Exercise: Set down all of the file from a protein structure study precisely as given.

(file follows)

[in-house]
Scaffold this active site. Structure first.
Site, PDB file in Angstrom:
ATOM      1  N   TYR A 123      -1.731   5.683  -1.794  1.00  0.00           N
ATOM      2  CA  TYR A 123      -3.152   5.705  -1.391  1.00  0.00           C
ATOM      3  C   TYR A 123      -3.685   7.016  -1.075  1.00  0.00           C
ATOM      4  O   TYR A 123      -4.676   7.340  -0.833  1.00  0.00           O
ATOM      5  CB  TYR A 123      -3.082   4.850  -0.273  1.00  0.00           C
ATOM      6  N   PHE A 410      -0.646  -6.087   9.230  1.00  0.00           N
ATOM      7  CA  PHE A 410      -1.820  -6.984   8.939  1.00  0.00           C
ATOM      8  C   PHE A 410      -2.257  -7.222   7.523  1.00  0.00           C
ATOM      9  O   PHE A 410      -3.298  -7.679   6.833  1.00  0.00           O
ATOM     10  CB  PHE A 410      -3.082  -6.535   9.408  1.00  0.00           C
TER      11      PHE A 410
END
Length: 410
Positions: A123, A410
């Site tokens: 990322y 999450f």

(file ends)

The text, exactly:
[in-house]
Scaffold this active site. Structure first.
Site, PDB file in Angstrom:
ATOM      1  N   TYR A 123      -1.731   5.683  -1.794  1.00  0.00           N
ATOM      2  CA  TYR A 123      -3.152   5.705  -1.391  1.00  0.00           C
ATOM      3  C   TYR A 123      -3.685   7.016  -1.075  1.00  0.00           C
ATOM      4  O   TYR A 123      -4.676   7.340  -0.833  1.00  0.00           O
ATOM      5  CB  TYR A 123      -3.082   4.850  -0.273  1.00  0.00           C
ATOM      6  N   PHE A 410      -0.646  -6.087   9.230  1.00  0.00           N
ATOM      7  CA  PHE A 410      -1.820  -6.984   8.939  1.00  0.00           C
ATOM      8  C   PHE A 410      -2.257  -7.222   7.523  1.00  0.00           C
ATOM      9  O   PHE A 410      -3.298  -7.679   6.833  1.00  0.00           O
ATOM     10  CB  PHE A 410      -3.082  -6.535   9.408  1.00  0.00           C
TER      11      PHE A 410
END
Length: 410
Positions: A123, A410
């Site tokens: 990322y 999450f």